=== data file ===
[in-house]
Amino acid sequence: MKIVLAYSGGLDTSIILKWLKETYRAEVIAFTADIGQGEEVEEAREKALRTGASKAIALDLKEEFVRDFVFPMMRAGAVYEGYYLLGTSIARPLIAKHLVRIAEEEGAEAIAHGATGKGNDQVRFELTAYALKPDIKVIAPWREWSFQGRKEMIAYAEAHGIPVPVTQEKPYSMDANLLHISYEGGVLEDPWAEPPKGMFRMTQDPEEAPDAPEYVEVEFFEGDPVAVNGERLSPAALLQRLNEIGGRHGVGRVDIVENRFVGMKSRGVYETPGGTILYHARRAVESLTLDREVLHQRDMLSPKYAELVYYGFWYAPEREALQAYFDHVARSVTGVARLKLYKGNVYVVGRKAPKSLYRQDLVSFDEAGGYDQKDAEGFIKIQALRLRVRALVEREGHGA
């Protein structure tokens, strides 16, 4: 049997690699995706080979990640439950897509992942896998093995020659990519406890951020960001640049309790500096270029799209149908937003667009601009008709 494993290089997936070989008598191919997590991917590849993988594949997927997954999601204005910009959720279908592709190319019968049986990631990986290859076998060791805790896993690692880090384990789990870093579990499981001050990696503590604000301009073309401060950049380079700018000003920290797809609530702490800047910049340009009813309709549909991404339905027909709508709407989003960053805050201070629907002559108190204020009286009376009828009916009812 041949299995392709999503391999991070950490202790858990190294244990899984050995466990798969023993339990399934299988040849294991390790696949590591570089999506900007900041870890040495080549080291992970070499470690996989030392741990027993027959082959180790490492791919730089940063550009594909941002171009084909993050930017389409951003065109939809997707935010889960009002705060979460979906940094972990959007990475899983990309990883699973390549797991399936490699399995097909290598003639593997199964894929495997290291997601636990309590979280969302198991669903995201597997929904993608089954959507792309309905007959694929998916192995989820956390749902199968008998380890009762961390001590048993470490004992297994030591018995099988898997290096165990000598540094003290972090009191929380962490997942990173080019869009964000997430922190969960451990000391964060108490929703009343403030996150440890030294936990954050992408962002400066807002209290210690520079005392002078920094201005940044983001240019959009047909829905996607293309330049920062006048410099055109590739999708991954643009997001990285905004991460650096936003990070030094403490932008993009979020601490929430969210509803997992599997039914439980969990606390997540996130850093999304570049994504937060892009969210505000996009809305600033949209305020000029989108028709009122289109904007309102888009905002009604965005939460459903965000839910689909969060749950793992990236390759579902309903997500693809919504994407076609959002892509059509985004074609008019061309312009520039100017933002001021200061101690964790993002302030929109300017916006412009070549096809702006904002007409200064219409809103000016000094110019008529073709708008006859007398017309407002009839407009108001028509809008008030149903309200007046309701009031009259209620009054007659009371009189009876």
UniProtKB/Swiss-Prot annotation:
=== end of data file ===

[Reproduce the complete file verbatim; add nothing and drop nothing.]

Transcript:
[in-house]
Amino acid sequence: MKIVLAYSGGLDTSIILKWLKETYRAEVIAFTADIGQGEEVEEAREKALRTGASKAIALDLKEEFVRDFVFPMMRAGAVYEGYYLLGTSIARPLIAKHLVRIAEEEGAEAIAHGATGKGNDQVRFELTAYALKPDIKVIAPWREWSFQGRKEMIAYAEAHGIPVPVTQEKPYSMDANLLHISYEGGVLEDPWAEPPKGMFRMTQDPEEAPDAPEYVEVEFFEGDPVAVNGERLSPAALLQRLNEIGGRHGVGRVDIVENRFVGMKSRGVYETPGGTILYHARRAVESLTLDREVLHQRDMLSPKYAELVYYGFWYAPEREALQAYFDHVARSVTGVARLKLYKGNVYVVGRKAPKSLYRQDLVSFDEAGGYDQKDAEGFIKIQALRLRVRALVEREGHGA
């Protein structure tokens, strides 16, 4: 049997690699995706080979990640439950897509992942896998093995020659990519406890951020960001640049309790500096270029799209149908937003667009601009008709 494993290089997936070989008598191919997590991917590849993988594949997927997954999601204005910009959720279908592709190319019968049986990631990986290859076998060791805790896993690692880090384990789990870093579990499981001050990696503590604000301009073309401060950049380079700018000003920290797809609530702490800047910049340009009813309709549909991404339905027909709508709407989003960053805050201070629907002559108190204020009286009376009828009916009812 041949299995392709999503391999991070950490202790858990190294244990899984050995466990798969023993339990399934299988040849294991390790696949590591570089999506900007900041870890040495080549080291992970070499470690996989030392741990027993027959082959180790490492791919730089940063550009594909941002171009084909993050930017389409951003065109939809997707935010889960009002705060979460979906940094972990959007990475899983990309990883699973390549797991399936490699399995097909290598003639593997199964894929495997290291997601636990309590979280969302198991669903995201597997929904993608089954959507792309309905007959694929998916192995989820956390749902199968008998380890009762961390001590048993470490004992297994030591018995099988898997290096165990000598540094003290972090009191929380962490997942990173080019869009964000997430922190969960451990000391964060108490929703009343403030996150440890030294936990954050992408962002400066807002209290210690520079005392002078920094201005940044983001240019959009047909829905996607293309330049920062006048410099055109590739999708991954643009997001990285905004991460650096936003990070030094403490932008993009979020601490929430969210509803997992599997039914439980969990606390997540996130850093999304570049994504937060892009969210505000996009809305600033949209305020000029989108028709009122289109904007309102888009905002009604965005939460459903965000839910689909969060749950793992990236390759579902309903997500693809919504994407076609959002892509059509985004074609008019061309312009520039100017933002001021200061101690964790993002302030929109300017916006412009070549096809702006904002007409200064219409809103000016000094110019008529073709708008006859007398017309407002009839407009108001028509809008008030149903309200007046309701009031009259209620009054007659009371009189009876």
UniProtKB/Swiss-Prot annotation: